Before GDOT’s expert’s deposition, I computed the cross slopes based on GDOT’s measurements and was pleasantly surprised to find that GDOT’s expert had actually identified several more spots at which the cross slope was deficient than Mr. Hill had noted. At his deposition, I had him calculate the cross slopes and agree to the numerous locations of the deficient cross slopes. This set up an easy cross-examination at trial. On cross, we simply went through each of his measurements, 90 percent of which showed an inadequate cross slope. In closing, I suggested to the jury that they use GDOT’s own survey as the test to determine if its road was safe, and when I asked rhetorically, “how did the GDOT do on that test?,” an older juror seated in the front row said out loud, “they failed that test” to which another juror behind her affirmatively agreed, “mmm hmm.” Obviously, these responses were reassuring.
In their closings, Mr. Miller blamed the GDOT and its flat road for his loss of control, and GDOT blamed Mr. Miller for his excessive speed and carelessness. Carl then explained to the jury that the defendants were not disputing liability as much as they were fighting over their respective fault. He then cleverly suggested that the jury reach a verdict as to the amount of damages first before apportioning liability. In our final words to the jury, Carl did a masterful job of establishing the tremendous value of all lives, including a 76-year-old like Mr. Moore.
The jury was only out about an hour and returned the verdict awarding our clients almost precisely what Carl had suggested to them in his closing argument. The jury awarded $7.5 million for the value of Mr. Moore’s life, $2.0 million for the pain and suffering he endured before his death, and other specials damages for a total verdict of $9,728,859.43. The jury apportioned liability 25 percent to Mr. Miller and 75 percent to GDOT.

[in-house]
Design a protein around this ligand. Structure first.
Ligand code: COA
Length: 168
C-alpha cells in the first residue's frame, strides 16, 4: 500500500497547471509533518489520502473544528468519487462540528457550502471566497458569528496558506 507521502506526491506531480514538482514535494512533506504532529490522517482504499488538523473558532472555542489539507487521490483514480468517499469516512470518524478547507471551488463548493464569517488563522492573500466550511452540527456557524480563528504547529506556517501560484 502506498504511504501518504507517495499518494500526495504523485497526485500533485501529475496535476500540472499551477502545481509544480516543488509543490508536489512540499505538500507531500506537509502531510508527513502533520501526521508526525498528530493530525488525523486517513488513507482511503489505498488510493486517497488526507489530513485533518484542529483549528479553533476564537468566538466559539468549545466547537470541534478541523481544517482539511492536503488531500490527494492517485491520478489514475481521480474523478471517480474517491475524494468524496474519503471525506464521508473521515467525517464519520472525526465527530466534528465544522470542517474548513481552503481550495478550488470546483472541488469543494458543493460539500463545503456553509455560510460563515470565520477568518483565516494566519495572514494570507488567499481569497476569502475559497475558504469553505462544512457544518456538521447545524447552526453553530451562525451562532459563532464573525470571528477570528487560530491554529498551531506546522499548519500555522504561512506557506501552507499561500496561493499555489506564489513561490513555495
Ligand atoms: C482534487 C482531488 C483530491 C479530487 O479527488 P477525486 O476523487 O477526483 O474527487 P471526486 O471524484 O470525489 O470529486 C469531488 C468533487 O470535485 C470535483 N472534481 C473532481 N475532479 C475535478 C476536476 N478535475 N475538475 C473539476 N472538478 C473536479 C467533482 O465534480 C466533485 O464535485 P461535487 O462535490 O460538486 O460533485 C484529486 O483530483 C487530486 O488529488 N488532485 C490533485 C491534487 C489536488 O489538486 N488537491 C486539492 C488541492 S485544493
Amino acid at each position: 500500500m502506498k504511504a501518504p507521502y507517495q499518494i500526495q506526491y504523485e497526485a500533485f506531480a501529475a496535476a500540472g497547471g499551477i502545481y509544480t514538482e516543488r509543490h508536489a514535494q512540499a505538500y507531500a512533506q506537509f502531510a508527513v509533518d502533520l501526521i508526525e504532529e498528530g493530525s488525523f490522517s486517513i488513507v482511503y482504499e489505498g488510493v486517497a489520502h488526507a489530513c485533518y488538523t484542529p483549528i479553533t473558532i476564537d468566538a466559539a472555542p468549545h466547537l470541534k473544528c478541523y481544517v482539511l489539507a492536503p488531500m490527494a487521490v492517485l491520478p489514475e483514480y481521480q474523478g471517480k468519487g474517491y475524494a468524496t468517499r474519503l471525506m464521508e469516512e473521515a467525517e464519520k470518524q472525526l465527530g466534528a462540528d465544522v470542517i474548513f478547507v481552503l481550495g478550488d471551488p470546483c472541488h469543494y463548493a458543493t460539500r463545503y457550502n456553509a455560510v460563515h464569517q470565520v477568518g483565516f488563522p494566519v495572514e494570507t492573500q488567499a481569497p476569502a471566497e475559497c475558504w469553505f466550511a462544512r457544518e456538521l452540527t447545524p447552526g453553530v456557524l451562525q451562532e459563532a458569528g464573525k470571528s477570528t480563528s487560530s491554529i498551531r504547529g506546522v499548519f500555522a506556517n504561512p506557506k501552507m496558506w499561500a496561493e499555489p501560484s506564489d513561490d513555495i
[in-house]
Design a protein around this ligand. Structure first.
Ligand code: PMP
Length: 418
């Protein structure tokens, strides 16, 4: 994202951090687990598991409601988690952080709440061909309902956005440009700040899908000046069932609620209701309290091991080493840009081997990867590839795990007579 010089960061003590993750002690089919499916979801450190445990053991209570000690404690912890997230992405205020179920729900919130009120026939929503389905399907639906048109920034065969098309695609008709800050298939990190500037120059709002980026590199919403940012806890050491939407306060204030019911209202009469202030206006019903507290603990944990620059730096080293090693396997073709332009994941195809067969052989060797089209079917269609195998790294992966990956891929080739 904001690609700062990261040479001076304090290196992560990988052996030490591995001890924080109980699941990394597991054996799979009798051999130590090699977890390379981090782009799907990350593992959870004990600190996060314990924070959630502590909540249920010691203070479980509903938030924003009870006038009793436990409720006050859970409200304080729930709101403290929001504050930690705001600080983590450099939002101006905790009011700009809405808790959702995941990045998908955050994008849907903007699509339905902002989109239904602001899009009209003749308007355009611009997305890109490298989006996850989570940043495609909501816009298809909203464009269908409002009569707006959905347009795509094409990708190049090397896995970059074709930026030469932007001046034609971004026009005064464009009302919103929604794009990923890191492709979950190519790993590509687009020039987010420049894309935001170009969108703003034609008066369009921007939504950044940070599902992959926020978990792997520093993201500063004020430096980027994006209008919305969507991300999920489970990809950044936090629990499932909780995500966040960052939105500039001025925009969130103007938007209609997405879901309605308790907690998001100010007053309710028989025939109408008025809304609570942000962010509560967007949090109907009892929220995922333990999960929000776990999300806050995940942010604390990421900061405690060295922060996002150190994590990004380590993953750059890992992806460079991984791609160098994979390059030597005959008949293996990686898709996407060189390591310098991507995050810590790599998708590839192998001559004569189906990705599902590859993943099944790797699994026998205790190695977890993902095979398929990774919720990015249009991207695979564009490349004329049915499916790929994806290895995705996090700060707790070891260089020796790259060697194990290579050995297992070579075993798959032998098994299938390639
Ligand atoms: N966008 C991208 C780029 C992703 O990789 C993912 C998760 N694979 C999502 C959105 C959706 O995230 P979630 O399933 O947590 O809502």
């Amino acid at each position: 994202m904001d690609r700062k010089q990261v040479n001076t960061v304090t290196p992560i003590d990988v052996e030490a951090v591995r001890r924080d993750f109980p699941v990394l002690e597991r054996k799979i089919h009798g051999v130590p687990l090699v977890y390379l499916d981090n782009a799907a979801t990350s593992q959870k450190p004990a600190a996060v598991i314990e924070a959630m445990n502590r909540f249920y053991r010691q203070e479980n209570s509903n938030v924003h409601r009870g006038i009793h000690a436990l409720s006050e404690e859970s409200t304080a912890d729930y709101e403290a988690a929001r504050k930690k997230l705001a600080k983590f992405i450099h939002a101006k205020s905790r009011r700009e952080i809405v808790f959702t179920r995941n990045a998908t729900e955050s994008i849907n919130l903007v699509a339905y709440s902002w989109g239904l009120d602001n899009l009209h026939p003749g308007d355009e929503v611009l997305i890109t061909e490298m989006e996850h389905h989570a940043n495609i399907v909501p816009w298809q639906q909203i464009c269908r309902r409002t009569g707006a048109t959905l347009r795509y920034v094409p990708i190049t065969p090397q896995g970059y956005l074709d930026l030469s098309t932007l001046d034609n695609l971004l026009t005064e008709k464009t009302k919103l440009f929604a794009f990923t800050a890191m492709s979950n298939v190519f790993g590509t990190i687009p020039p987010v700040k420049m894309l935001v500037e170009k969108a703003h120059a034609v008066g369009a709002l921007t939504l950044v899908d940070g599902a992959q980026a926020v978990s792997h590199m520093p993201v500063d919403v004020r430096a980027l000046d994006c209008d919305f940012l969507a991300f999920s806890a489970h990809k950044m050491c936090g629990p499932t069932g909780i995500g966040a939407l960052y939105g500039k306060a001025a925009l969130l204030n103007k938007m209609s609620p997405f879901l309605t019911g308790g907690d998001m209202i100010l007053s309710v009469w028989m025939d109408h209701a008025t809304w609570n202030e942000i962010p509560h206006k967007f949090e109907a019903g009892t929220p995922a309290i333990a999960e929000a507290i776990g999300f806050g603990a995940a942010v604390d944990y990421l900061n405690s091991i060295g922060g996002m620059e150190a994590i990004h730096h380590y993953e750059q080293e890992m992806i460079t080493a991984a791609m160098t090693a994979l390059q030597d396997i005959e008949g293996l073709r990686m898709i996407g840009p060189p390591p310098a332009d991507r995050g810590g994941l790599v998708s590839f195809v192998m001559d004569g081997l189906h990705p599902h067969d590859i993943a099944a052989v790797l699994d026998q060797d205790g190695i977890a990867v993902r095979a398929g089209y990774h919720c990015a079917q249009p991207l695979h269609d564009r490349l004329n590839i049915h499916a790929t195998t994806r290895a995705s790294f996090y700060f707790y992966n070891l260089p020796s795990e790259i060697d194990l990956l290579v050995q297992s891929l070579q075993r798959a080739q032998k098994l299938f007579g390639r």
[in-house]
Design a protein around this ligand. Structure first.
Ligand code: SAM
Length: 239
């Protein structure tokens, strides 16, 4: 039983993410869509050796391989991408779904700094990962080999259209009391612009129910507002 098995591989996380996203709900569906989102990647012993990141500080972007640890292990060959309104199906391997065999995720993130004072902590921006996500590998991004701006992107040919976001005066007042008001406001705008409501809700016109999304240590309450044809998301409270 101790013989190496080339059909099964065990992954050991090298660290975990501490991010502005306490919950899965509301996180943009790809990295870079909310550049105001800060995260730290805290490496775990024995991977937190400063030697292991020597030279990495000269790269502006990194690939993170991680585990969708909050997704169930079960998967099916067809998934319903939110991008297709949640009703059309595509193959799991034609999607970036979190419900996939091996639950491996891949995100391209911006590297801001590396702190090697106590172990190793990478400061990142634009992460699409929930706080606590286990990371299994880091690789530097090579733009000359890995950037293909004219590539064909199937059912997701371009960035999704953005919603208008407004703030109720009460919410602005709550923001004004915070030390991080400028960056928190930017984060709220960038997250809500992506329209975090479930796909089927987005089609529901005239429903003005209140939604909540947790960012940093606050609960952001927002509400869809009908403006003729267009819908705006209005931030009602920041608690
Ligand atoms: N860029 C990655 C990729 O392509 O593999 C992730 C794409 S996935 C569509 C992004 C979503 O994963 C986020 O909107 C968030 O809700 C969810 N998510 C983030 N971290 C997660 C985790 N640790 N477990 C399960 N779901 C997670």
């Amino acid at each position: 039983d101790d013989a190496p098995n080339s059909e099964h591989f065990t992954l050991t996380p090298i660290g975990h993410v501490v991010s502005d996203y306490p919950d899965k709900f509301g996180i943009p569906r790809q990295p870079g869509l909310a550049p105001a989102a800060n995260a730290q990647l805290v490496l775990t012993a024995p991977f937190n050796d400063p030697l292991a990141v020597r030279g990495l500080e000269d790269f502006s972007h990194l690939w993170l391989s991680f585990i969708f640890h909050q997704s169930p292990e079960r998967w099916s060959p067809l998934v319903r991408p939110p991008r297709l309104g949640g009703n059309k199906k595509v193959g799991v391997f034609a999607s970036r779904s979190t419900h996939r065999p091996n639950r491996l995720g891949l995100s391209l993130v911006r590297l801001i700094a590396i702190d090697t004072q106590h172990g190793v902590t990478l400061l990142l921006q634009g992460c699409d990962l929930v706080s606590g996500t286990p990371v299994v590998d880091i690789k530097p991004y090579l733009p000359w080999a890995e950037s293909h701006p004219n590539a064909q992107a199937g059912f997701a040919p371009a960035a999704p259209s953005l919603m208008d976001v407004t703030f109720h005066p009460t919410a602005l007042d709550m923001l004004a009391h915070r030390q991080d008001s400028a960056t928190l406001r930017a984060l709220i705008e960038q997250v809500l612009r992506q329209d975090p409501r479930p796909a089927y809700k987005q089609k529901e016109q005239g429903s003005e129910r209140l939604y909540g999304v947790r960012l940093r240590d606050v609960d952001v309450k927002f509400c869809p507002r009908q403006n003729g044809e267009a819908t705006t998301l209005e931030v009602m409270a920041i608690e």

The Monday following our verdict, I received two phone calls. First, the attorney defending Mr. Miller at trial on behalf of Alfa Insurance Company called to offer us its limits of $250,000. We politely declined. Second, Mr. Miller’s personal attorney in Montgomery, Alabama called to pass along his congratulations on the verdict (he was a plaintiff’s lawyer) and to let us know that he’d be representing Mr. Miller on his claim against Alfa Insurance Company for its negligent or bad-faith refusal to settle.
The verdict was great, and our clients were elated that a jury had appreciated the value of their father’s life. We got a nice spread in the Fulton County Daily Report, including a large photo above the fold. As everyone who tries cases knows, however, you can’t spend verdicts.
As expected, both the State and Mr. Miller challenged the propriety of the verdict, albeit following different paths. The State argued that even though the verdict against it was $7.3 million, its liability was capped by the Tort Claims Act. We challenged both the constitutionality of the cap as well as its interpretation by GDOT, and while the court was shocked to learn that the constitutionality of the cap had never been challenged, he ended up concluding that the cap was constitutional and that the State’s liability was capped at $2 million. Mr. Miller, on the other hand, filed a motion for new trial citing several purported errors made during the trial as well as the size of the verdict.
Within days of the judgment being amended to $2 million, we received a call from the Attorney General’s office informing us that the State had decided to pay. We met with our clients to discuss the offer as well as the merit and repercussions of our contemplated appeal. In the end, our clients wanted us to accept the $2 million, and we did.
Mr. Miller’s motion was denied, and we agreed to mediate the case. By then, a third set of attorneys had filed a notice of appeal. After a lengthy mediation, the case settled for approximately 10 times our original policy limits demand.
What started out as a simple car wreck case turned into a dangerous road case and failure to settle case. Only by pursuing all of these avenues, were we able to maximize our client’s recovery and obtain justice for our well-deserving clients. ●
About the Author
Bradley “B.J.” Survant is a partner with Reynolds, Horne & Survant in Macon, Georgia, and he specializes in catastrophic injury cases. He is also a member of the American Board of Trial Advocates [ABOTA] and AV rated. B.J. can be reached at email@example.com.
Our investigation into GDOT’s policies and procedures was essential to our verdict. Many of GDOT’s policies and procedures are readily available online. GDOT’s own documents proved to be a treasure trove.